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Mr S V Raju (India)

3 Information dissemination and popular culture

Mr S V Raju | Khaled Ahmed | Raj Chengappa | Karamat Ali | I. A. Rehman | Arif Hasan | DISCUSSION


National boundaries are something people fifty years from now will laugh at!

A ministry of information and broadcasting is a contradiction in a democracy; you need such ministries only in a dictatorship.

The politicians never say no: they appoint committees – the surest way to see that things are knocked out.


Mr S. V. Raju focused on the effects of the communication revolution on the civil society.

He began with a personal definition of the communication revolution: not long ago our communication facilities outside the one to one communication were limited to letters, postcards and telegrams; then came the telephone, followed by the tele-printer. Radios were the first instruments of mass voice communication, dependent on powerful stations and hence dependent on the state. In the early sixties came the transistors, opening up wider horizons for the citizens in towns and villages who could now listen to the transmission in the areas which did not have electricity. All these could be censored. Teleprinters gave way to faxes, which cannot be censored and hence freedom from government control. Telephones are becoming more and more sophisticated, today having been followed by cordless and mobiles. Transistors took back seat as television became coloured. The latest were the satellites and computers. Instant communication had arrived. It gave birth to new channels on television and internet. Internet, like the civil society itself, is not commonly understood. It is neither a programme, nor a hardware, nor a software, it is really a place where you can get information and make information available instantly. It is estimated that over the world fifteen to twenty million people are using internet and it is growing so rapidly that in the next couple of years it is likely to increase over a hundred million. The main feature of the inetrnet is the electronic mail, and soon faxes will be out of date: again, you cannot censor the e-mail.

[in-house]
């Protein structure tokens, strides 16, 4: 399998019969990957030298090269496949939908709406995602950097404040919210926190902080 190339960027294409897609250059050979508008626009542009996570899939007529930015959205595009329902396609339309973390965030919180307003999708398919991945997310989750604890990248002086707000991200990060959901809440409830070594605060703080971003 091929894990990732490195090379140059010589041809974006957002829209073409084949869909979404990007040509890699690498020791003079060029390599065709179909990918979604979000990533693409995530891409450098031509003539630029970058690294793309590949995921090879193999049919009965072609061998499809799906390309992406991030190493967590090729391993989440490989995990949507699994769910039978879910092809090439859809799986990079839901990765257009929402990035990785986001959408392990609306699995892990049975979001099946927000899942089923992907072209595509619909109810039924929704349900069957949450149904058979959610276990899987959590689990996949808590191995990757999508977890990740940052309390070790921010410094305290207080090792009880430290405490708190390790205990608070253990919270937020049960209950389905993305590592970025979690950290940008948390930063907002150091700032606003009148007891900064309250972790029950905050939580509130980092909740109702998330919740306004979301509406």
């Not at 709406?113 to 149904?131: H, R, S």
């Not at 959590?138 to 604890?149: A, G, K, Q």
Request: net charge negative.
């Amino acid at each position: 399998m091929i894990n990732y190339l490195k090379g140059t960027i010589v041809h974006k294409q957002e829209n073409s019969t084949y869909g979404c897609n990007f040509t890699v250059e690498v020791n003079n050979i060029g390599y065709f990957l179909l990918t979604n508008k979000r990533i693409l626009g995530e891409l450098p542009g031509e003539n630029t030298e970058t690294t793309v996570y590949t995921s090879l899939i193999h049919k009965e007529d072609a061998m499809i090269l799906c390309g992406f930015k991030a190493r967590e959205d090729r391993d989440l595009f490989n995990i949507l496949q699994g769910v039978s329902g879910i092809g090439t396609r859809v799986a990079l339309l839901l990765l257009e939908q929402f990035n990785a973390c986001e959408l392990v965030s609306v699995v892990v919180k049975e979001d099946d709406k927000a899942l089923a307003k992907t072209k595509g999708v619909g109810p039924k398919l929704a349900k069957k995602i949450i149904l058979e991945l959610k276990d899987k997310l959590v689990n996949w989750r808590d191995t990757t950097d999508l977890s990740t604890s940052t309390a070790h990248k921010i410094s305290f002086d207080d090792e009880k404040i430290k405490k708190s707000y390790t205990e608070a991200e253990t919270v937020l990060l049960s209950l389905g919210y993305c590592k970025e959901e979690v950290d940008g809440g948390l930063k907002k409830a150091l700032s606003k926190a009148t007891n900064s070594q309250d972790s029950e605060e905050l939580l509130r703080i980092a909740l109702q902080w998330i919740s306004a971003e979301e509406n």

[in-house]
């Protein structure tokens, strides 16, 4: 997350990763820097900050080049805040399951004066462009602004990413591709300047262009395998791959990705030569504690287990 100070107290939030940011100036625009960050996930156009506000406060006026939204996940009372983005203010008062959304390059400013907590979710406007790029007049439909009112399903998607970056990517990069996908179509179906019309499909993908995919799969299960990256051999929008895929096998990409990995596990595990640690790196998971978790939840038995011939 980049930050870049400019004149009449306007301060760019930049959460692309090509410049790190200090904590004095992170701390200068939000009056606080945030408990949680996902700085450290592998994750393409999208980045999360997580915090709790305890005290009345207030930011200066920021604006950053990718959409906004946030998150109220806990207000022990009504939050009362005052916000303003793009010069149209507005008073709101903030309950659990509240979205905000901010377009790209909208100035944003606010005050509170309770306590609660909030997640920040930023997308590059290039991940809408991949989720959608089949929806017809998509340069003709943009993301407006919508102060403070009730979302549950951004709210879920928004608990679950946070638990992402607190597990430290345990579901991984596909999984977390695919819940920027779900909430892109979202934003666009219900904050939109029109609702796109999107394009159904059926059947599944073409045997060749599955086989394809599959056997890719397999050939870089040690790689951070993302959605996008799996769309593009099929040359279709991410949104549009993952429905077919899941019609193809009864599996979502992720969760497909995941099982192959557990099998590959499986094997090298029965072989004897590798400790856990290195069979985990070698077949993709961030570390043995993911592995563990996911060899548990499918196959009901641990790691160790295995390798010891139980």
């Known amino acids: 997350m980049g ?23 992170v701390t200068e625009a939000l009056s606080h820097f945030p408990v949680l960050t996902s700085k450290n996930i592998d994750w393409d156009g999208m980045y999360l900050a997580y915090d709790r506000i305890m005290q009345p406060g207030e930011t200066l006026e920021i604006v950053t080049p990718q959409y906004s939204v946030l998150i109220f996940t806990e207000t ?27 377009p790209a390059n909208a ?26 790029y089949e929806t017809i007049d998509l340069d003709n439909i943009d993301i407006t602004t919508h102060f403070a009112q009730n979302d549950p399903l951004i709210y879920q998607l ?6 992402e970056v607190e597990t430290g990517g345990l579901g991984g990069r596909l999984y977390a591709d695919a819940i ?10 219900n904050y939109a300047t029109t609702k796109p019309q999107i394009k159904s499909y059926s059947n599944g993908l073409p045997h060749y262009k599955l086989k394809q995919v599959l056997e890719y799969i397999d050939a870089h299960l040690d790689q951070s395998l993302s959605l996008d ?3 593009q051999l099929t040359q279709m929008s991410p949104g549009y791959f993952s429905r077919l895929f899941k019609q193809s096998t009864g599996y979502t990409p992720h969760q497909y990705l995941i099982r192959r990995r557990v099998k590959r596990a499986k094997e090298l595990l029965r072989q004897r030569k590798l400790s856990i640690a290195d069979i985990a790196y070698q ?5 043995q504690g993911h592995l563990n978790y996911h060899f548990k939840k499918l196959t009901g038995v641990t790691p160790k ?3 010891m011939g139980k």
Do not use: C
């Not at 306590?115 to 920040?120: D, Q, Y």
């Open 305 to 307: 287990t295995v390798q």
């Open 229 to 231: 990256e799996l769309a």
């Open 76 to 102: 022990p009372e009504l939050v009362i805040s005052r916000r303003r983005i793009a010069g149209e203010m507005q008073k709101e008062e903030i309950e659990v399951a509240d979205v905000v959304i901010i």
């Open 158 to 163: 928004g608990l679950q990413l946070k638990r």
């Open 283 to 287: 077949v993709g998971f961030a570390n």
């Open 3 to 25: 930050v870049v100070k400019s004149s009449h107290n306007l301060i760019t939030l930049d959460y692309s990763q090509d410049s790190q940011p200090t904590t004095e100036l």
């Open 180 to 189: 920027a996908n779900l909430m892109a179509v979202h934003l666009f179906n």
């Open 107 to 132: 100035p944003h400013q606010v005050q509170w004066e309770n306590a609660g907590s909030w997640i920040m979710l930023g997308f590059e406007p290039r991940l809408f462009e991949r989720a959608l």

Today, all you need to acquire freedom of communication is a personal computer. Concepts like national sovereignty and solidarity, passports, visas, and papers telling us that we need to see the police when we come to Pakistan from India or vice versa, will soon become irrelevant. And so will be the national boundaries.

The sub-continent is in the middle of this communication revolution. It is sad that while the internet was in use by the US Army in the second world war and had been developed in the Europe in the sixties, it came to India only in the eighties when bankruptcy forced the rulers to liberalise their economic policy.

The politicians of the non-liberal type are thinking out ways of stopping the dissemination of information through technology – in Iran they have banned the dish antenna. But technology works faster than the brains of the politicians and bureaucrats. In the next ten years dishes may get smaller, even built in to the television sets themselves.

Mr. Raju narrated an anecdote to illustrate how national boundaries are already softening down. An individual from Los Angeles sent a message on the internet advertising the need for a software designer. The message was intercepted in Bangalore by two young computer programmers who struck a bargain with the advertiser, prepared the software and even sold it to someone in Paris. In the whole transaction there was exchange of money and a lot of negotiations but none of the three parties were ever required to leave there stations, and hence no passports, no checking at the customs and no waiting at the airports. This is perhaps how things are going to be in future.

Highlighting the importance of e-mails for NGOs, Mr Raju suggested that they could be the first step towards liberating them from geographical restrictions as well as the political whims of the local governments.

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